Our organization works within Palestinian society, across borders imposed by the occupation. The challenges that LGBTQ Israelis face are nothing like the ones faced by Palestinians.

We are talking about two different societies with different cultures and histories; the fact that they are currently occupying our land doesn’t make us one society.

Moreover, being queer does not eliminate the power dynamic between the colonized and colonizer despite the best of intentions.

We resist the “global, pink, happy, gay family” sentiment. Palestinian-only organizing is essential to decolonizing and improving Palestinian society.

6. I saw this film about gay Palestinians (Invisible Men/Bubble/Out In The Dark, etc.) and I feel I learned a lot about your struggle

You mean the films that were made by privileged Israeli or Jewish filmmakers portraying white Israelis as saviors and Palestinians as victims that needed saving?

These films strip the voice and agency of Palestinian queers, portraying them as victims that need saving from their own society.

Moreover, these films rely on racist tropes of Arab men as volatile and dangerous. These films are simply pinkwashing propaganda, funded by the Israeli government, with a poignant oppressed/oppressor love story the glitter on top.

If you want to learn about the reality of our community and our struggle, try listening to what queer Palestinians have to say, at the Al-Qaws or Palestinian Queers for BDS websites.

7. Isn’t fighting for gay rights a more pressing issue than pinkwashing?

Mainstream LGBT groups in the North would have us believe that queers live in a separate world, only connected to their societies as victims of homophobia.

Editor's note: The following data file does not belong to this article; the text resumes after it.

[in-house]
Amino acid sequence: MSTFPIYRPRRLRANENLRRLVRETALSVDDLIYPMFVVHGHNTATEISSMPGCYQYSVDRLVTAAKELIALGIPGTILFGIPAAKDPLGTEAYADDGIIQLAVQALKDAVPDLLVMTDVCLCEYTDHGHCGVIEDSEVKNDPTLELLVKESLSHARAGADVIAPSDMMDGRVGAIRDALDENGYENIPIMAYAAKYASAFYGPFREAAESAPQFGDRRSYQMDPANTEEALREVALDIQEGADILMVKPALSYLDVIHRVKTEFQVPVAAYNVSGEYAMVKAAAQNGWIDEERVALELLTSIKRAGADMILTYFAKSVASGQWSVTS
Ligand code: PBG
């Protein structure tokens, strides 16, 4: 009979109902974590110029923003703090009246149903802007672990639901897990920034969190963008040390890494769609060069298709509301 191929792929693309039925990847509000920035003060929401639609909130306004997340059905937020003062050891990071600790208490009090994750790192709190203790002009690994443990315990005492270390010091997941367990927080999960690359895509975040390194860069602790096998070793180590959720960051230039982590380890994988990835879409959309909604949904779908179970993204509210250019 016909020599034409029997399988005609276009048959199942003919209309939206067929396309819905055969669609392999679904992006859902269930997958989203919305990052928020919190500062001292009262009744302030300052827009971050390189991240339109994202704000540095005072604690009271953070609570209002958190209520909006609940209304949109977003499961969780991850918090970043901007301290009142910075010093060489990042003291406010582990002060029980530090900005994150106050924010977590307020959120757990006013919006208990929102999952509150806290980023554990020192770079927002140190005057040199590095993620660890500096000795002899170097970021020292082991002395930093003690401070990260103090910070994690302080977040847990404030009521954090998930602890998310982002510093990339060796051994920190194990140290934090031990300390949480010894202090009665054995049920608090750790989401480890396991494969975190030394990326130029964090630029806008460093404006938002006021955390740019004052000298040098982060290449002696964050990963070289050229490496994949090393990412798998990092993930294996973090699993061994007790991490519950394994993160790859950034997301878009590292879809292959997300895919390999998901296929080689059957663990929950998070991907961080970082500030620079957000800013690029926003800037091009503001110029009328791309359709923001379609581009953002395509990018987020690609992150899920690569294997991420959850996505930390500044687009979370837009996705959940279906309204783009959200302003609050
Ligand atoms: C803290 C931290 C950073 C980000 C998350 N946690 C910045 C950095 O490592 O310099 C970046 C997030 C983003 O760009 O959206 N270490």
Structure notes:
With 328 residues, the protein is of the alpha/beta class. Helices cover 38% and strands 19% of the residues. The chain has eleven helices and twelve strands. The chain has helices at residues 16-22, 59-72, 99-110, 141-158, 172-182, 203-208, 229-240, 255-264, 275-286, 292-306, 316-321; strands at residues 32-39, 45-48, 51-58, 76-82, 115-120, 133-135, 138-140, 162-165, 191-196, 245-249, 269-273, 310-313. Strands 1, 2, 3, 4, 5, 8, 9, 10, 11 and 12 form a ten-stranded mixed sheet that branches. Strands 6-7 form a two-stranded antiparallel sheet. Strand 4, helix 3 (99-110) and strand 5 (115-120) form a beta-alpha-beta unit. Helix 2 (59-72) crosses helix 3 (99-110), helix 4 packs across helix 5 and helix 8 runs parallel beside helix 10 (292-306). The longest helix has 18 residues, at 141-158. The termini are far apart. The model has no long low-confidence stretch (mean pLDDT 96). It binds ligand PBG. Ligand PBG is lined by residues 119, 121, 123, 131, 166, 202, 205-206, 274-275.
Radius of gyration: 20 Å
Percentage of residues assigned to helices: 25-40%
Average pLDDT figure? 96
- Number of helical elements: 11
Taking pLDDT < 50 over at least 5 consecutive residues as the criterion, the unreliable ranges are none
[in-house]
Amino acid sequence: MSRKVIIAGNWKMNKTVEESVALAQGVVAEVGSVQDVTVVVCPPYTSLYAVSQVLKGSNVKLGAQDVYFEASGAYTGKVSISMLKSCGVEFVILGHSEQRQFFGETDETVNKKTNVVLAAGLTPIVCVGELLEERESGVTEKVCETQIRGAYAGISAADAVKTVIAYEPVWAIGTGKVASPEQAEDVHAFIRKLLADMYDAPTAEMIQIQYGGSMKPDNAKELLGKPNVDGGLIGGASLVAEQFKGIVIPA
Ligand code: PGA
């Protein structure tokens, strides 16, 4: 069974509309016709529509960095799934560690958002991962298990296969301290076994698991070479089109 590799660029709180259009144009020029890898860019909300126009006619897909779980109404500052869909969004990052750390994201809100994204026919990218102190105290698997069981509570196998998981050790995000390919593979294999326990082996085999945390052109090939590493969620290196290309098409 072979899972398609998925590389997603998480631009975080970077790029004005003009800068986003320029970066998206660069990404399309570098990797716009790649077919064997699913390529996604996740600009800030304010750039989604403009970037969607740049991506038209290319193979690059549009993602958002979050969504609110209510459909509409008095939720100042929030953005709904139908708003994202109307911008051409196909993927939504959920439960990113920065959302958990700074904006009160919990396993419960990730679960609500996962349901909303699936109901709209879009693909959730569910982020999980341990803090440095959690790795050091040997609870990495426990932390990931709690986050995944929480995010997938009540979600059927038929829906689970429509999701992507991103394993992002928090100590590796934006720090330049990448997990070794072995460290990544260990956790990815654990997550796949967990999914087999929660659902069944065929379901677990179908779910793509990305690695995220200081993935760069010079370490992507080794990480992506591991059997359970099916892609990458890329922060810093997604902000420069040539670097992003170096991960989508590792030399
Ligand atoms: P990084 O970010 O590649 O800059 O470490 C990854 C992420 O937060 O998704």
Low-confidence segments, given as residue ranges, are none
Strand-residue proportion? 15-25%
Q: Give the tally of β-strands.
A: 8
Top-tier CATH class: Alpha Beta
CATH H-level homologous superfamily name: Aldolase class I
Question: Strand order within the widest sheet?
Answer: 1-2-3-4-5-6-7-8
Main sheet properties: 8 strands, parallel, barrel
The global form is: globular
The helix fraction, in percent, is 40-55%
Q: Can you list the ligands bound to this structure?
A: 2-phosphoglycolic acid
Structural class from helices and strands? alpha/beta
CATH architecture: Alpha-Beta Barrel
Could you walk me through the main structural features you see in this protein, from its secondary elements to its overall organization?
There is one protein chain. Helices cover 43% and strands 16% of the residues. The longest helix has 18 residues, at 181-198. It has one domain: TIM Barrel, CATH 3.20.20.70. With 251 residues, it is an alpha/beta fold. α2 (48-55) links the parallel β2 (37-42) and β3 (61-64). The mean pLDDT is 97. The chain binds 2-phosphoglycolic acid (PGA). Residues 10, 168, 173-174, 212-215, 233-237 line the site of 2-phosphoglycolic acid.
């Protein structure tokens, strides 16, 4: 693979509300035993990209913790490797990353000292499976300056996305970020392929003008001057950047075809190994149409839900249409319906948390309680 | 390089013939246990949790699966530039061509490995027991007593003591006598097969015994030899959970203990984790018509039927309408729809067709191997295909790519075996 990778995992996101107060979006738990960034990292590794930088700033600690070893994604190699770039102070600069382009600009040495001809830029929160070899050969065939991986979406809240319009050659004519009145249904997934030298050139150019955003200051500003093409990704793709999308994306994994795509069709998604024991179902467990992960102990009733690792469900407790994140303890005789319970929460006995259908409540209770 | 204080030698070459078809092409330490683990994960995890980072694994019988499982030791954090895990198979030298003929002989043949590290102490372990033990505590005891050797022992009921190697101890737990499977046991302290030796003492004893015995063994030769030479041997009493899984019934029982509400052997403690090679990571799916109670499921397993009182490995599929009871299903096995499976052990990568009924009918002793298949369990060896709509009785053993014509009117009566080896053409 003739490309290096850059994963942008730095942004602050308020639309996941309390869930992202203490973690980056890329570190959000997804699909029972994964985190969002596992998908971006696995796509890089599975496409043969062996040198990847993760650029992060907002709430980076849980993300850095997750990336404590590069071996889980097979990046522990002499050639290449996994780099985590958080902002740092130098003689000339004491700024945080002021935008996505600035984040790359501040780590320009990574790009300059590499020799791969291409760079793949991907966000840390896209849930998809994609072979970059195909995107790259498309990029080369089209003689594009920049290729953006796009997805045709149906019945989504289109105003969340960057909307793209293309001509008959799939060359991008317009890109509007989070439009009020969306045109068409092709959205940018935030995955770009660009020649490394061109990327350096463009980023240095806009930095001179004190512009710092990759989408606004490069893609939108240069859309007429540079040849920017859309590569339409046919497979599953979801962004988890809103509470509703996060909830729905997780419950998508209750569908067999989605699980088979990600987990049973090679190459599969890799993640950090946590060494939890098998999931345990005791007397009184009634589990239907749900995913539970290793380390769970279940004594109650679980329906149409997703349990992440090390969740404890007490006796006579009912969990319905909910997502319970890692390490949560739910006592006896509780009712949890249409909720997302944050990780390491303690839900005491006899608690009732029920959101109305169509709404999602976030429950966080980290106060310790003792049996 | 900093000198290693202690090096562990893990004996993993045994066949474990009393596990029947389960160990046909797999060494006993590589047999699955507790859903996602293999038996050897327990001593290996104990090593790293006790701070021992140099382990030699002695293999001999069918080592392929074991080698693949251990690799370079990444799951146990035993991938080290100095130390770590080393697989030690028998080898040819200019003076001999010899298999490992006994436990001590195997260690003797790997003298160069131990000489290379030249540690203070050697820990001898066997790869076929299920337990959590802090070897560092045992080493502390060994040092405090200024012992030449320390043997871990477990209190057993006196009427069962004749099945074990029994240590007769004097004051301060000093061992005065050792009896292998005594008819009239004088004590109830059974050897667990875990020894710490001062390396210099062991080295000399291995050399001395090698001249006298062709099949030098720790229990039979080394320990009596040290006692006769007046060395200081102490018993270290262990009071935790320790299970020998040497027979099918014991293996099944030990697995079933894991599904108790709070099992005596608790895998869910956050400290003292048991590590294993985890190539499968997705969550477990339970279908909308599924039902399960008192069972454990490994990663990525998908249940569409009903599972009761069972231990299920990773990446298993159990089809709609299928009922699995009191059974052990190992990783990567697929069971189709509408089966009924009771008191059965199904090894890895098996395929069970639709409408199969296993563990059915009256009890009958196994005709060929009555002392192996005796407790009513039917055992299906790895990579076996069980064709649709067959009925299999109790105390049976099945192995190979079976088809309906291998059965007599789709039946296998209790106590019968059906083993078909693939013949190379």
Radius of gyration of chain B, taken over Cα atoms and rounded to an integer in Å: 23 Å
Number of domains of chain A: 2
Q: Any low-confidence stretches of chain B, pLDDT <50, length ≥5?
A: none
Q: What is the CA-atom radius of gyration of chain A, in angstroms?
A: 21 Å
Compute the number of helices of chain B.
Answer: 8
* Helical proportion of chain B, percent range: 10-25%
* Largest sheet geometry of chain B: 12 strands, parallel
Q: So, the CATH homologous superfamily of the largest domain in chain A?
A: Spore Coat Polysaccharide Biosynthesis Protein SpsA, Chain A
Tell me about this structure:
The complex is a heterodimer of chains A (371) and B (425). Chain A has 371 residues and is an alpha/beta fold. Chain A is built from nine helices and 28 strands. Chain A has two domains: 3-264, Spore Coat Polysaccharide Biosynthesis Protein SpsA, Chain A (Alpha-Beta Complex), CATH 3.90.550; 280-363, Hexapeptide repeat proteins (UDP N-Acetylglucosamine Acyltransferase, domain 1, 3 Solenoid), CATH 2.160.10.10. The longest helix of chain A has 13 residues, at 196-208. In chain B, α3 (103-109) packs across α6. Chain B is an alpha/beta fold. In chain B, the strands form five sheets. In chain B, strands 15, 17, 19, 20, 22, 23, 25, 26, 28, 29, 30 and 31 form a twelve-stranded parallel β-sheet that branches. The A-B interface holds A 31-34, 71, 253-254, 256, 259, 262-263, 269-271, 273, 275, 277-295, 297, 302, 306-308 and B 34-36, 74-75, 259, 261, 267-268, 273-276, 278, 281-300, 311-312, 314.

But you cannot have queer liberation while apartheid, patriarchy, capitalism and other oppressions exist. It’s important to target the connections of these oppressive forces.

Furthermore, pinkwashing is a strategy used by the Brand Israel campaign to garner the support of queers in other parts of the world. It is simply an attempt to make the Zionist project more appealing to queer people.

This is another iteration of a familiar and toxic colonial fantasy — that the colonizer can provide something important and necessary that the colonized cannot possibly provide for themselves.

Pinkwashing strips away our voices, history and agency, telling the world that Israel knows what is best for us. By targeting pinkwashing we are reclaiming our agency, history, voices and bodies, telling the world what we want and how to support us.

8. Why do you use terms from “the West” like LGBT or queer to describe your struggle? How do you answer that critique?

Though we have occasionally been branded as tokenized, complicit with Israel, naïve and Westernized (by those based in the West), our activists bring decades of experience and on-the-ground analysis of cultural imperialism and Orientalism.

This has provided the raw material for many an itinerant academic. However, the work of those in the Ivory Tower is rarely, if ever, accountable to those working in the field nor does it acknowledge its power (derived from the same colonial economy) on activists.

We are accountable to our local communities and the values developed over years of organizing.

Language is a strategy, but it does not eclipse the totality of who we are and what we do. The words that have gained global currency — LGBTQ — are used with great caution in our grassroots movements. Simply because such words emerged from a particular context and political moment does not mean they carry that same political content when deployed in our context.